U.S. stock index futures pointed to a higher open on Friday, a day after the S&P hit a 17-month closing high and as retail sales rose unexpectedly in February.
Sales at U.S. retailers were up 0.3 percent, the government said, compared with expectations for a fall of 0.2 percent.
This is definitely good news since so many people were expecting sales to fall and for snow to have a negative impact, said Dan Cook, senior market analyst at IG Markets in Chicago.
Investors also awaited the Reuters/University of Michigan consumer sentiment index for March, set for release at 9:55 a.m. EST (1455 GMT). Economists in a Reuters survey expect a reading of 73.6, matching the February number.
The retail sales number makes me more optimistic about the sentiment number, though there are still a lot of variables that could impact how people will be feeling, Cook said.
S&P 500 futures rose 4.9 points and were above fair value, a formula that evaluates pricing by taking into account interest rates, dividends and time to expiration on the contract. Dow Jones industrial average futures jumped 30 points, and Nasdaq 100 futures were up 5.5 points.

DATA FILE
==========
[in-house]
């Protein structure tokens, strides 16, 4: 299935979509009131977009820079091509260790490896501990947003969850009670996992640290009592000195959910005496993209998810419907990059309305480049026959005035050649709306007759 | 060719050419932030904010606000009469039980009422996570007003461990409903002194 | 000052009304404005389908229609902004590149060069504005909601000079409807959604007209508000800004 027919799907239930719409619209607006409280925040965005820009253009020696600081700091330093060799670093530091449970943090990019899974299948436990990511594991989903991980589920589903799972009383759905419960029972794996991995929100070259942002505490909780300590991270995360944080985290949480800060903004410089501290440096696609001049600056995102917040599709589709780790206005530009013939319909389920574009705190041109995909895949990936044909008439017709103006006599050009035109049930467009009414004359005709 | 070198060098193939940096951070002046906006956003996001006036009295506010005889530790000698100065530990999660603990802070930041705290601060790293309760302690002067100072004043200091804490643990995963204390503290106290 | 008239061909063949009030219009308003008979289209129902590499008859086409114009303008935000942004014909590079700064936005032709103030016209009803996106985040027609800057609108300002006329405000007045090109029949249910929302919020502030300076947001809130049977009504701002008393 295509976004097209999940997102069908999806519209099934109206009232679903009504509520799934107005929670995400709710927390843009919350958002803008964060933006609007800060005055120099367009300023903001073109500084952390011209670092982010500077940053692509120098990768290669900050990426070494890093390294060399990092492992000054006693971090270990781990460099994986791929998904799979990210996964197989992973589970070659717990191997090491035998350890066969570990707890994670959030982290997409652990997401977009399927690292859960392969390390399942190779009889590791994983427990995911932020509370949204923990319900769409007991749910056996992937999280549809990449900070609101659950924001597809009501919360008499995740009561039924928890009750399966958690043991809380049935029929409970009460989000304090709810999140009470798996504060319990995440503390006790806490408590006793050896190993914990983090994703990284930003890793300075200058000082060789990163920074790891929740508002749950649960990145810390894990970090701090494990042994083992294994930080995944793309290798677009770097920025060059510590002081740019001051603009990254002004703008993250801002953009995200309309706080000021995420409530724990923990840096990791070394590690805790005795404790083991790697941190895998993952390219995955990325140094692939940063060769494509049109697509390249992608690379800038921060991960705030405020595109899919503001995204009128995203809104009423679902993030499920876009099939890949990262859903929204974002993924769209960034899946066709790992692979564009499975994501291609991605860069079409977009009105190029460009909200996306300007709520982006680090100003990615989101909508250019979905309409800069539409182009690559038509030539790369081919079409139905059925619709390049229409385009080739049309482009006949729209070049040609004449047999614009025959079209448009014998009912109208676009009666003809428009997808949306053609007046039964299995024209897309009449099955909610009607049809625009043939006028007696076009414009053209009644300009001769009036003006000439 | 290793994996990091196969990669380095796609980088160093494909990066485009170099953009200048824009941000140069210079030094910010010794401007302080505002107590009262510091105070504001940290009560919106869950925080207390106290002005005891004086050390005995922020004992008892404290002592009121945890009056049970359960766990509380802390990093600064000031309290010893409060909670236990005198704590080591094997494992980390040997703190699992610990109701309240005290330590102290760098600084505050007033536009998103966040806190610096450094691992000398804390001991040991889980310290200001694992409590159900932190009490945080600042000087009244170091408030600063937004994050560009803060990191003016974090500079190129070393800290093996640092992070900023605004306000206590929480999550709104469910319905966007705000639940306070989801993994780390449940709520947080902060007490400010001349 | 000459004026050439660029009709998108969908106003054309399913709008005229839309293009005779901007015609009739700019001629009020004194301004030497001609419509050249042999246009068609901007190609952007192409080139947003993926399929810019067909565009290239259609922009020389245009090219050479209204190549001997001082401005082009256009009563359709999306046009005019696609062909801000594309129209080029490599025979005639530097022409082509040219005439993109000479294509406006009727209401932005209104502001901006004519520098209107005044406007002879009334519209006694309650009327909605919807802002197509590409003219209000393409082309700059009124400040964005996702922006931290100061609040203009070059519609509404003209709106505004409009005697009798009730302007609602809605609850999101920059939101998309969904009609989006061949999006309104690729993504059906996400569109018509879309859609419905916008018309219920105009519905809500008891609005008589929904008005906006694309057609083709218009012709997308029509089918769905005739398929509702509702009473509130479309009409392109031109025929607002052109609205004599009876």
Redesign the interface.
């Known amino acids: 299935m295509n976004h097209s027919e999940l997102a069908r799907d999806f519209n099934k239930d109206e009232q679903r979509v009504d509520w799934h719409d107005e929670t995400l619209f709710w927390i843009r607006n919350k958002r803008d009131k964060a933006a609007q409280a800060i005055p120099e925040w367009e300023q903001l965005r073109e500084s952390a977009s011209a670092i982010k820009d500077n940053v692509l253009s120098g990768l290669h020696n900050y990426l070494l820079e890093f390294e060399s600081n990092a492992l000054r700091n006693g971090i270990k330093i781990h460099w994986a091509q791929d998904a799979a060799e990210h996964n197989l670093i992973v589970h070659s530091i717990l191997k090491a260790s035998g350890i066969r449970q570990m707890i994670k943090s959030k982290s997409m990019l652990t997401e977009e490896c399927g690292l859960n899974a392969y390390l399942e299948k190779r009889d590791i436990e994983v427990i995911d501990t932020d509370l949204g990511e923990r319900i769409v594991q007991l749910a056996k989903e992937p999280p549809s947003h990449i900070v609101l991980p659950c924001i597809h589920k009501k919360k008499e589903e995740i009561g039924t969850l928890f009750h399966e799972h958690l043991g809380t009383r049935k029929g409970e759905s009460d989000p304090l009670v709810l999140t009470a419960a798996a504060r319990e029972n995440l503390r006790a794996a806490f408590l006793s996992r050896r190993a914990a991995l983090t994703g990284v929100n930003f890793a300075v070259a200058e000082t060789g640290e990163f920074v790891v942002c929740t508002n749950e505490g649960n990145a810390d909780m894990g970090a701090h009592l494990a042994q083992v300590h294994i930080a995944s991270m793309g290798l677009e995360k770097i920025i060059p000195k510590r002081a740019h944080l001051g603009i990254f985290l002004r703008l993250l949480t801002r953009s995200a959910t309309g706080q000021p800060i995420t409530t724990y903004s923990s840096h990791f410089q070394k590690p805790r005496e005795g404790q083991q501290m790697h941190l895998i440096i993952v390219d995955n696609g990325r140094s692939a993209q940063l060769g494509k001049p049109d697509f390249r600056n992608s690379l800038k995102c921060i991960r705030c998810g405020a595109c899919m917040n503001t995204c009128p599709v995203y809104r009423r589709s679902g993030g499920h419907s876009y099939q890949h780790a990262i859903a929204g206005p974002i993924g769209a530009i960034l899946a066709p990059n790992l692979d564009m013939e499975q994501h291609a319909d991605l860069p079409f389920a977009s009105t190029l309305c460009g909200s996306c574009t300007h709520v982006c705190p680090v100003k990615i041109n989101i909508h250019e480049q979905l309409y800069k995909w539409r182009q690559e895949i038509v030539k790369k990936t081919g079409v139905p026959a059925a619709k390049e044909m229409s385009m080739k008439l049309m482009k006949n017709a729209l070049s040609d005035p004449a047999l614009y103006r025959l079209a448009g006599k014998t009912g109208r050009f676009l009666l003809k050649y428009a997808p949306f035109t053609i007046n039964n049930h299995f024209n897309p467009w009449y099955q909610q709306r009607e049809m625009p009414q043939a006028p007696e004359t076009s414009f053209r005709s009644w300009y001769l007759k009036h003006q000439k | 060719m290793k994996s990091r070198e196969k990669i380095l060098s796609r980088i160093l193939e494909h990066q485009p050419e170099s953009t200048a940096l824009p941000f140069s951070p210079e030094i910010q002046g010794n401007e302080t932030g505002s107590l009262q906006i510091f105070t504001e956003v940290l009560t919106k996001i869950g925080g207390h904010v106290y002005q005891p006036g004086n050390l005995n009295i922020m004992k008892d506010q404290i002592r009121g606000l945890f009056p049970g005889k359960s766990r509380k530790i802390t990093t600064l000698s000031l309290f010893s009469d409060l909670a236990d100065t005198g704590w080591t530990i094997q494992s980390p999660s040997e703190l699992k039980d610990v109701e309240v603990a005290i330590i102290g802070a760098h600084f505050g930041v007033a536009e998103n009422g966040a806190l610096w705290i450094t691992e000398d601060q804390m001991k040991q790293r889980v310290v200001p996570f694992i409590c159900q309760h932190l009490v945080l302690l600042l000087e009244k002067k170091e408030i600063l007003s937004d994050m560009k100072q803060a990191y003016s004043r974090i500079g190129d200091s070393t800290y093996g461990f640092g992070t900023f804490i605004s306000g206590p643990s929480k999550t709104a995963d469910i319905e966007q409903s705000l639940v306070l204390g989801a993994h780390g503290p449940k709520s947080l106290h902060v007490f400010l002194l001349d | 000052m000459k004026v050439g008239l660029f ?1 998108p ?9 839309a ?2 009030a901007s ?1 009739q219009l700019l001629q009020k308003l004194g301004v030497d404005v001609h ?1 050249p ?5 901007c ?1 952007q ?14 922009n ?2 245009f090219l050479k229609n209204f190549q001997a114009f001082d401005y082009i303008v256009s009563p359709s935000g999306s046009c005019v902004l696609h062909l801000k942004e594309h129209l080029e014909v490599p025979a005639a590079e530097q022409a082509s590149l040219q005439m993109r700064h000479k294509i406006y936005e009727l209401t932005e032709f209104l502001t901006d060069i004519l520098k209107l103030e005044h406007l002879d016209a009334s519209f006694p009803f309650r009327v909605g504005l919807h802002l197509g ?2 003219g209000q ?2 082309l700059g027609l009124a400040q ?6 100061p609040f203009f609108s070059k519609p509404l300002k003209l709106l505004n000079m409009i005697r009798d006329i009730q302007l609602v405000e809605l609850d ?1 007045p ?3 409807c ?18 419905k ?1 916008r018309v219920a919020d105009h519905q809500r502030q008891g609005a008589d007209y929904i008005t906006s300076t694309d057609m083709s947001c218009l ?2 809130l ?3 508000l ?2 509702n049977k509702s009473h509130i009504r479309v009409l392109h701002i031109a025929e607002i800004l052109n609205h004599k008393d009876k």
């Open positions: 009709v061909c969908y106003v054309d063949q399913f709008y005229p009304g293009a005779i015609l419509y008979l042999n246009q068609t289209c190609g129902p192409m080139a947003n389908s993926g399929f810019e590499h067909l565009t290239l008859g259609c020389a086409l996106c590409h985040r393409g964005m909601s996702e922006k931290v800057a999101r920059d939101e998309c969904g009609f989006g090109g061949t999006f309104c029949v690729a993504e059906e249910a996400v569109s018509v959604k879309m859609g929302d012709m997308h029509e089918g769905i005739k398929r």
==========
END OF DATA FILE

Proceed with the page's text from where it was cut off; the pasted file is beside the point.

Financial stocks will be in focus after gains in the previous session as bipartisan U.S. Senate negotiations to overhaul financial regulation collapsed, jeopardizing a top Obama administration priority.
Dow component United Technologies Corp
CF Industries Holdings Inc
National Semiconductor Corp
Japan's Nikkei average hit its highest close in seven weeks on Friday, as exporters got a boost from speculation that the yen may weaken if the Bank of Japan takes additional steps to ease monetary policy next week. European stocks inched higher in early trade, led by banks.
U.S. stocks gained on Thursday as rising bank shares led a late rally, eclipsing concerns China may move to cool its overheating economy.
(Editing by Jeffrey Benkoe)